A 17-year-old youth has pleaded guilty to murdering an 18-year-old mother-of-two whose body was found stuffed in a wheelie bin in Western Australia last year.
The body of Bethany* was found outside a hospital in the mining town of Newman on May 6, 2020, just four weeks after she gave birth to her second child.
Bethany was a Martu woman whose traditional lands cover 13.6 million hectares in central Western Australia.
The woman’s body with severe head injuries was found outside the hospital in Newman, 1,178 kilometres northeast of Perth at 4am on Wednesday, May 6, last year
Police believe she may have been stoned to death before her body was placed inside the bin and dumped outside the medical facility.
The teenager, who can’t be named due to his age, had been expected to stand trial.
However the youth has pleaded guilty to the murder charge at Perth Children’s Court earlier this month, the West Australian reported.
The boy has been remanded in custody to be sentenced on February 11.
He has been in custody at the Banksia Hill Juvenile Detention Centre since the body was found.
Bethany had just given birth to a son, Justin, and already had a one-year-old son, Nate, when she sustained severe head injuries during an altercation in her home town of Newman.
The young mum’s body was found in a wheelie bin outside Newman Hospital (pictured)
It is believed her death was related to a family violence incident, the Northwest Telegraph reported at the time.
The young relative of the woman allegedly wheeled the bin with her inside to the house of an elder before taking it to the hospital at 3.45am, pressing the after hours button and leaving the scene.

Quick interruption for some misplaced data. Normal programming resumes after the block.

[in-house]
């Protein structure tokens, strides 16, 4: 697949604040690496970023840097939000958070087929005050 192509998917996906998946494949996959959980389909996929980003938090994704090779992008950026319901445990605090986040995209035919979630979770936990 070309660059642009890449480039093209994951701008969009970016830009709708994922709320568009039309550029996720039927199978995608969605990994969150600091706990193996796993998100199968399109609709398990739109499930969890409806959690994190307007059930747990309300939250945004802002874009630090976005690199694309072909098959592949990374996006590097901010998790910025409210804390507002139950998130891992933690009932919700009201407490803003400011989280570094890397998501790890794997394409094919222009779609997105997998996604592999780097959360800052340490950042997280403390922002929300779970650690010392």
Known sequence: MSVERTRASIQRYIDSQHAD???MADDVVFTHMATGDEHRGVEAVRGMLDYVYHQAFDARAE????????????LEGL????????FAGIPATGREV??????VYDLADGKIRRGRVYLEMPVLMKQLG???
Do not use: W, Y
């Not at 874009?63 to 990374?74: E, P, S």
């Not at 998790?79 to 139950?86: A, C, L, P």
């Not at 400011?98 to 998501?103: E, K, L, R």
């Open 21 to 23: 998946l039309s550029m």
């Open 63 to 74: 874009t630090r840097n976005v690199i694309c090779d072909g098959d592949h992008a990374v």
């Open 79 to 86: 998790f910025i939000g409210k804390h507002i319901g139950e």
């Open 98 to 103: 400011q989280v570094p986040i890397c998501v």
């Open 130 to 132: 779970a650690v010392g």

She was found by two nurses around 4am and pronounced dead soon after.
It was not clear whether she was alive when she arrived at the hospital and police have never revealed exactly how she died.
Rocks were seized by police during an investigation into Bethany’s death.
Local police called in an extra 12 officers from Perth in case of trouble in the town in the wake of the killing but no trouble eventuated.
Instead, a tribal elder man known to the teenage boy was physically punished through a traditional tribal payback, The West Australian reported.
Pictured: Police at one of three crime scenes established for the investigation
No complaints were made about the punishment, with tensions eased locally since it was performed, police said.
‘Police can confirm a respected elder attended a culturally appropriate location, where he underwent his obligations according to cultural traditions,’ a police spokeswoman told the Weekend Australian in October.
Police did not identify which traditional punishment was used but according the Law Reform Commission of Western Australia it could include ‘spearing’, ‘physical beating’, ‘banishment’ and’ ‘repercussions for other family members’.
*Name has been changed for cultural reasons
This post was first published on DailyMail.